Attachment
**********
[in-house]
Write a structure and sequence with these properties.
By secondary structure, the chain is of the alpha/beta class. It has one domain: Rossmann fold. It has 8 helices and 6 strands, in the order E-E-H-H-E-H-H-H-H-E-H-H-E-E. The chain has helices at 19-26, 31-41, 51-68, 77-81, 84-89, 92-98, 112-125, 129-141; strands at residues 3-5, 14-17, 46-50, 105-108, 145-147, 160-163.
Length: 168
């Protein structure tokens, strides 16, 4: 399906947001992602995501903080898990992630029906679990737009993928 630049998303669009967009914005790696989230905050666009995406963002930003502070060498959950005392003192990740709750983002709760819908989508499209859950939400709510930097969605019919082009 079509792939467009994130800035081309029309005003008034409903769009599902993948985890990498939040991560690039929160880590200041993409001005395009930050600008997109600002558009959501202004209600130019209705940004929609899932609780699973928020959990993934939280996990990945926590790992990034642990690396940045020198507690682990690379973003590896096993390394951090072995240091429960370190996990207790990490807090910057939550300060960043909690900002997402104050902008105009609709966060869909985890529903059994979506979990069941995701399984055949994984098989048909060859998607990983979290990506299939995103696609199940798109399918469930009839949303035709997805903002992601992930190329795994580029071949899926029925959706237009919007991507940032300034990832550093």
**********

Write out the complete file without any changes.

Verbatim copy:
[in-house]
Write a structure and sequence with these properties.
By secondary structure, the chain is of the alpha/beta class. It has one domain: Rossmann fold. It has 8 helices and 6 strands, in the order E-E-H-H-E-H-H-H-H-E-H-H-E-E. The chain has helices at 19-26, 31-41, 51-68, 77-81, 84-89, 92-98, 112-125, 129-141; strands at residues 3-5, 14-17, 46-50, 105-108, 145-147, 160-163.
Length: 168
């Protein structure tokens, strides 16, 4: 399906947001992602995501903080898990992630029906679990737009993928 630049998303669009967009914005790696989230905050666009995406963002930003502070060498959950005392003192990740709750983002709760819908989508499209859950939400709510930097969605019919082009 079509792939467009994130800035081309029309005003008034409903769009599902993948985890990498939040991560690039929160880590200041993409001005395009930050600008997109600002558009959501202004209600130019209705940004929609899932609780699973928020959990993934939280996990990945926590790992990034642990690396940045020198507690682990690379973003590896096993390394951090072995240091429960370190996990207790990490807090910057939550300060960043909690900002997402104050902008105009609709966060869909985890529903059994979506979990069941995701399984055949994984098989048909060859998607990983979290990506299939995103696609199940798109399918469930009839949303035709997805903002992601992930190329795994580029071949899926029925959706237009919007991507940032300034990832550093």